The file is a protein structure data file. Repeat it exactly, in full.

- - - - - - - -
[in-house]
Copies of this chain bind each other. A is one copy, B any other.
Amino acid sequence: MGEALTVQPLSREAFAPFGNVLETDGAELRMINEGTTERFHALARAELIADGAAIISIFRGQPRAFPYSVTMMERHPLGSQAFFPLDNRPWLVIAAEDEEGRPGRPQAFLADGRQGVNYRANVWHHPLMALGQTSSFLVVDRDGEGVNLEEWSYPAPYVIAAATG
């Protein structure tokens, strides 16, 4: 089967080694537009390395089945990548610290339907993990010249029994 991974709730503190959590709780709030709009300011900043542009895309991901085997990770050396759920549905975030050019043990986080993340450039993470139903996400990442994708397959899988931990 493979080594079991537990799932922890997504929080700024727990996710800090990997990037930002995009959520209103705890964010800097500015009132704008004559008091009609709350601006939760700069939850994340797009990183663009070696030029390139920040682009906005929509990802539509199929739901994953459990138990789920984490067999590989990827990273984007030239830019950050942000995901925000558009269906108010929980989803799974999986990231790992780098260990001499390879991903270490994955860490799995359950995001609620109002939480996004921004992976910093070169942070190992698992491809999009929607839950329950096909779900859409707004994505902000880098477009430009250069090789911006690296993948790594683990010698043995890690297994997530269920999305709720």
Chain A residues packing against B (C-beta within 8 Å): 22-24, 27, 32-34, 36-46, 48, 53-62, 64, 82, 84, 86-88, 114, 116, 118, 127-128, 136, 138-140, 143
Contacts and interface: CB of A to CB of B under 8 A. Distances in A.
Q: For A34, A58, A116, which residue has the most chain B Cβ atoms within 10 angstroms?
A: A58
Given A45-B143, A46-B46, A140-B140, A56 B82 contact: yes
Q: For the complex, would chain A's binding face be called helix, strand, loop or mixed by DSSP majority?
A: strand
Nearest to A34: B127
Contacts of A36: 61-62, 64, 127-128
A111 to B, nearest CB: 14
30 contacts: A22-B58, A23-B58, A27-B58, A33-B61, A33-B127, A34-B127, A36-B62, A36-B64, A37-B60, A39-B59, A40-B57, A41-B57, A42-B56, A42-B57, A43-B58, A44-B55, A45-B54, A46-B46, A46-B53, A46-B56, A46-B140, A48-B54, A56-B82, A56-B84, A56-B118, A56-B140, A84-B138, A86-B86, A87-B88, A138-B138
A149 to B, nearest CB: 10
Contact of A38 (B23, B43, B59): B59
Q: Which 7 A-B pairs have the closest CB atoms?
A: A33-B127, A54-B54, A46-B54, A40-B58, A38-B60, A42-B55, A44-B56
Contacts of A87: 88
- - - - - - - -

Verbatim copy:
[in-house]
Copies of this chain bind each other. A is one copy, B any other.
Amino acid sequence: MGEALTVQPLSREAFAPFGNVLETDGAELRMINEGTTERFHALARAELIADGAAIISIFRGQPRAFPYSVTMMERHPLGSQAFFPLDNRPWLVIAAEDEEGRPGRPQAFLADGRQGVNYRANVWHHPLMALGQTSSFLVVDRDGEGVNLEEWSYPAPYVIAAATG
């Protein structure tokens, strides 16, 4: 089967080694537009390395089945990548610290339907993990010249029994 991974709730503190959590709780709030709009300011900043542009895309991901085997990770050396759920549905975030050019043990986080993340450039993470139903996400990442994708397959899988931990 493979080594079991537990799932922890997504929080700024727990996710800090990997990037930002995009959520209103705890964010800097500015009132704008004559008091009609709350601006939760700069939850994340797009990183663009070696030029390139920040682009906005929509990802539509199929739901994953459990138990789920984490067999590989990827990273984007030239830019950050942000995901925000558009269906108010929980989803799974999986990231790992780098260990001499390879991903270490994955860490799995359950995001609620109002939480996004921004992976910093070169942070190992698992491809999009929607839950329950096909779900859409707004994505902000880098477009430009250069090789911006690296993948790594683990010698043995890690297994997530269920999305709720």
Chain A residues packing against B (C-beta within 8 Å): 22-24, 27, 32-34, 36-46, 48, 53-62, 64, 82, 84, 86-88, 114, 116, 118, 127-128, 136, 138-140, 143
Contacts and interface: CB of A to CB of B under 8 A. Distances in A.
Q: For A34, A58, A116, which residue has the most chain B Cβ atoms within 10 angstroms?
A: A58
Given A45-B143, A46-B46, A140-B140, A56 B82 contact: yes
Q: For the complex, would chain A's binding face be called helix, strand, loop or mixed by DSSP majority?
A: strand
Nearest to A34: B127
Contacts of A36: 61-62, 64, 127-128
A111 to B, nearest CB: 14
30 contacts: A22-B58, A23-B58, A27-B58, A33-B61, A33-B127, A34-B127, A36-B62, A36-B64, A37-B60, A39-B59, A40-B57, A41-B57, A42-B56, A42-B57, A43-B58, A44-B55, A45-B54, A46-B46, A46-B53, A46-B56, A46-B140, A48-B54, A56-B82, A56-B84, A56-B118, A56-B140, A84-B138, A86-B86, A87-B88, A138-B138
A149 to B, nearest CB: 10
Contact of A38 (B23, B43, B59): B59
Q: Which 7 A-B pairs have the closest CB atoms?
A: A33-B127, A54-B54, A46-B54, A40-B58, A38-B60, A42-B55, A44-B56
Contacts of A87: 88